Unlike other RPGs in which you meet up with party members as you progress, Jade requires you to build your partners by merging the monsters you capture. There are over 150 creatures to find during your quest, and they come in four flavors: earth, wind, water, and fire. Learning to combine the elements is imperative if you want to create the biggest and baddest allies. Plus, you're allowed to carry only three monsters at a time--so mix them wisely. The Arena mode enables you to pit the monsters you've created against your friends' ghastly creations.
A Monster Cast of Players
Graphically, Jade's world is a joy; it's worth stopping at just about every screen to take in the scenery. Your characters travel through a world map as in most RPGs and always appear in full 3D--they never become small or squashed.
Moving your character through the many environments feels very similar to Resident Evil's action v and requires getting used to. Navigating through the menus, however, is a snap. As for the sound, the voice-overs are clear and expressive, commanding your full attention (whether the text dialogue is on or off), and the flute based soundtrack paces the flow of the game nicely.
Let the Fun Shine In
Jade Cocoon takes RPGs to a new level with its deeply involving story, awesome graphics (which will impress even the most jaded players), excellent controls, and evocative soundtrack. RPG fans will absolutely want to add this gem to their collection.
- Visit the old man at the cemetery frequently. He'll tell stories about the new characters.
- The first time you beat Kikl-nak, you receive the Spider Forest Key. Subsequent prizes include Great Walnuts (the only way to increase Levant's HP) and healing items.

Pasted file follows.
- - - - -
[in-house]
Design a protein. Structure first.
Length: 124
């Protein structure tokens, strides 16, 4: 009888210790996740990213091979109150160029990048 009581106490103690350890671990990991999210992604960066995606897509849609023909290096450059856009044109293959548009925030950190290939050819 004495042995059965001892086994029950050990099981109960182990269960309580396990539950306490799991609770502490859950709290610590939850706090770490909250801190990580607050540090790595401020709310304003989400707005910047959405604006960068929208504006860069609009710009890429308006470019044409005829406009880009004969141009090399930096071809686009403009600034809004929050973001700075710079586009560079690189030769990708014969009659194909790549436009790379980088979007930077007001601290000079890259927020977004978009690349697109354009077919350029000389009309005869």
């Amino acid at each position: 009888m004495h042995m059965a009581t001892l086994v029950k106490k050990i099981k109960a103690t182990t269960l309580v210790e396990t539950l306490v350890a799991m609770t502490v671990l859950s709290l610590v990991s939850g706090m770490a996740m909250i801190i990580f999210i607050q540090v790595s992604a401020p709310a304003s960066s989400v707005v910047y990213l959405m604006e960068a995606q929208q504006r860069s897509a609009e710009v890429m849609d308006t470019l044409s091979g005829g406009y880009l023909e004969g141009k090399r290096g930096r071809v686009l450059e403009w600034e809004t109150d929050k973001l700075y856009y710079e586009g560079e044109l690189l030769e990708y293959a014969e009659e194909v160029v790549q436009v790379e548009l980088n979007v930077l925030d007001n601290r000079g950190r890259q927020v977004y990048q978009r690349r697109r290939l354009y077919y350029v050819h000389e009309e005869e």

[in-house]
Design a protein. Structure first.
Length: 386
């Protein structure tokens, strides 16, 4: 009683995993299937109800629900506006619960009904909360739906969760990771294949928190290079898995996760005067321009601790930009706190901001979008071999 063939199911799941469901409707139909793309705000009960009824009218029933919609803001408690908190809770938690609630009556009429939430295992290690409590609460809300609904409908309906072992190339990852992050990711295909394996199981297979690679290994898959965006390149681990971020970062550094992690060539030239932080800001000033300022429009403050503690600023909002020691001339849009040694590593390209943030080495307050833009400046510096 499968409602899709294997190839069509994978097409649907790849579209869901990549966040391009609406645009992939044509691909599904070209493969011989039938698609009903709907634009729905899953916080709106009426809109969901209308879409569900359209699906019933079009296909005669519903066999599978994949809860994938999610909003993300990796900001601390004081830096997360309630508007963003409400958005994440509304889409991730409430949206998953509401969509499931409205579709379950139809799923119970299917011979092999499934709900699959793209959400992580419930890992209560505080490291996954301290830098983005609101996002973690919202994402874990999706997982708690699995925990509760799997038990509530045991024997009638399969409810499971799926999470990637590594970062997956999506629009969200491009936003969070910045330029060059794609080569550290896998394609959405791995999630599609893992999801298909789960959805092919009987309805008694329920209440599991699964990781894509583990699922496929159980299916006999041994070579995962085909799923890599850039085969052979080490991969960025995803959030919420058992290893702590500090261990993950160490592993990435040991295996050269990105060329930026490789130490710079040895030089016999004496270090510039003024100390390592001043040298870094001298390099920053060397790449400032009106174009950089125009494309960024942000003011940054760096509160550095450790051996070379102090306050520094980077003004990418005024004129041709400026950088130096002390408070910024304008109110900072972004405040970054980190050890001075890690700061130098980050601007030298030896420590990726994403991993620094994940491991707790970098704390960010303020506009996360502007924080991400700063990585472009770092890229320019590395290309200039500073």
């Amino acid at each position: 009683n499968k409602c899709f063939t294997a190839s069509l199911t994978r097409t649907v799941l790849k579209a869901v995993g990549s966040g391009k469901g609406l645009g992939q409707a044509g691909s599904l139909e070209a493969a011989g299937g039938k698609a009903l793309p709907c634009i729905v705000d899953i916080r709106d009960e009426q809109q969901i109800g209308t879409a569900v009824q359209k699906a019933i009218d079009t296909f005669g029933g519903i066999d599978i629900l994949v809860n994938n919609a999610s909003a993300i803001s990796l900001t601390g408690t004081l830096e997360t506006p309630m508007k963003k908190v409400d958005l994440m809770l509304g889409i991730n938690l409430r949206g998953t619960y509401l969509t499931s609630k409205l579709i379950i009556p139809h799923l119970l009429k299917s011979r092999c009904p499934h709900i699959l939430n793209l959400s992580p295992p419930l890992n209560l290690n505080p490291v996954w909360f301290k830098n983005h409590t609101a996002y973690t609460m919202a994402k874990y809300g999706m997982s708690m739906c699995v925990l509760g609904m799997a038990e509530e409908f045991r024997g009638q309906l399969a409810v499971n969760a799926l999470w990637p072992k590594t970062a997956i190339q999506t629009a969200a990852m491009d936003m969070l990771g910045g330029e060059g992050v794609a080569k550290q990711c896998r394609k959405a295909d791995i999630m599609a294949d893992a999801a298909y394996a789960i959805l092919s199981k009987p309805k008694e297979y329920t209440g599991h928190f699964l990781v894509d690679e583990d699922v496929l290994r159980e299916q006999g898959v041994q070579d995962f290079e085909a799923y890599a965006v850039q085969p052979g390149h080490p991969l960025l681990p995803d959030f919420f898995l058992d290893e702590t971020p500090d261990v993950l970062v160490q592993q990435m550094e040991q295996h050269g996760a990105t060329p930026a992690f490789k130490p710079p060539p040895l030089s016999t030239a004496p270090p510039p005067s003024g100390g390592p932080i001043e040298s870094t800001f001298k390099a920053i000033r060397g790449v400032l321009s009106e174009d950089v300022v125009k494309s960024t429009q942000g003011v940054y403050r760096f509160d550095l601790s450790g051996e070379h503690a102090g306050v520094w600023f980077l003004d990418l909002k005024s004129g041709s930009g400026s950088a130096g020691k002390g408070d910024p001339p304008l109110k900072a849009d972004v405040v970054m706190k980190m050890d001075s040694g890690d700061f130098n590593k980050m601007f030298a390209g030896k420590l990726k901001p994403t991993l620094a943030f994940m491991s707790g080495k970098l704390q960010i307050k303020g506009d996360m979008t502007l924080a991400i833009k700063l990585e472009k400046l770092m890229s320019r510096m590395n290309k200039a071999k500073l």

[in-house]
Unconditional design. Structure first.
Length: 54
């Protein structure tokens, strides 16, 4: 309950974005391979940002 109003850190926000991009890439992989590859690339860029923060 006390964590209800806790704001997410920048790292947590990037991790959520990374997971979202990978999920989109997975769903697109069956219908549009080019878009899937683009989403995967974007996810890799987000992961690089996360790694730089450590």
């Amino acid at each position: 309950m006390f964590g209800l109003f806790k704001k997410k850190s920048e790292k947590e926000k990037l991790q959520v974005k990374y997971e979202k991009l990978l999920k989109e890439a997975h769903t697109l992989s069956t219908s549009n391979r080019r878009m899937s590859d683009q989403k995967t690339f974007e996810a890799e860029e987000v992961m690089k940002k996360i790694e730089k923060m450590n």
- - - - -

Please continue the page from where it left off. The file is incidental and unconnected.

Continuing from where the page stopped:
- Pick up the stone tablets scattered throughout the forests. They teach you about fighting, magic, and monster merging.
- For the key to the Dragonfly Forest, find the Blue Master Inside the Beetle Forest.
Visually, Jade is in a class by itself. Stunningly lush pre-rendered backgrounds draw you in from the start getting better as the story develops and new areas are revealed. There's nothing wrong with the cut-scenes, either.
Jade Cocoon's soundtrack is a rare treat The voice-overs are clear and convincingly performed, making the gameplay and cut-scenes a most enjoyable experience.
The controls are easy to use and never get in the way of gameplay. Inventory access is a snap, and the monster-merging menus couldn't be more clearly laid out If the game were analog compatible, the score would've been perfect.
Hours of exploring and monster-mixing fun lie ahead for discerning gamers. The Arena mode that enables you to play against a friends saved monsters ensures that this game won't be gathering dust anytime soon.
Crave Entertainment, the maker of Shadow Madness, is getting ready to unleash Jade Cocoon onto the RPG scene. Judging from early indications, RPG fans will not be disappointed with Jade's impressive graphics and dynamic gameplay.
Jade Cocoon, the latest RPG on the PlayStation block, is shaping up nicely, promising to live up to the buzz surrounding it. Even though the copy we played wasn't finished, it was obvious that the game had all the elements of a solid RPG quest--and then some. The preview version already delivered a story line shrouded in rituals and mysticism, an engaging soundtrack that complemented the action, and a beautifully rendered world that was a joy to behold and explore. Promising at least 60 hours of gameplay, Jade Cocoon has the makings of such epic favorites as Legend of Zelda, Final Fantasy VII, and Legend of Legaia.
Jade Cocoon still needs tuning before its release, though. Items scattered throughout the four forests are all but invisible to the naked eye, which makes finding them often a matter of pure luck. Plus, some characters' dialogue is unnecessarily repetitive, turning simple trips to the town shop into a real chore, while voice-overs are muddled and hard to understand, making reading the dialogue a must. Control-wise, character navigation would improve considerably with analog compatibility. Hopefully, Crave Entertainment will fix these problems before boxing this potential gem.
While the game's puzzles aren't brain-busters, they will require extensive item . searching, constant character interaction, and some serious legwork.
Jade's distinguishing feature is its intuitive and well, laid-out monster-mixjng system, which allows you to capture the monsters you battle instead of just killing ther once you've caught enough monsters, you can begin to merge them into bizarre and powerful hybrids that can then be summoned to fight in your place, or spun into silk and sold at the town shop.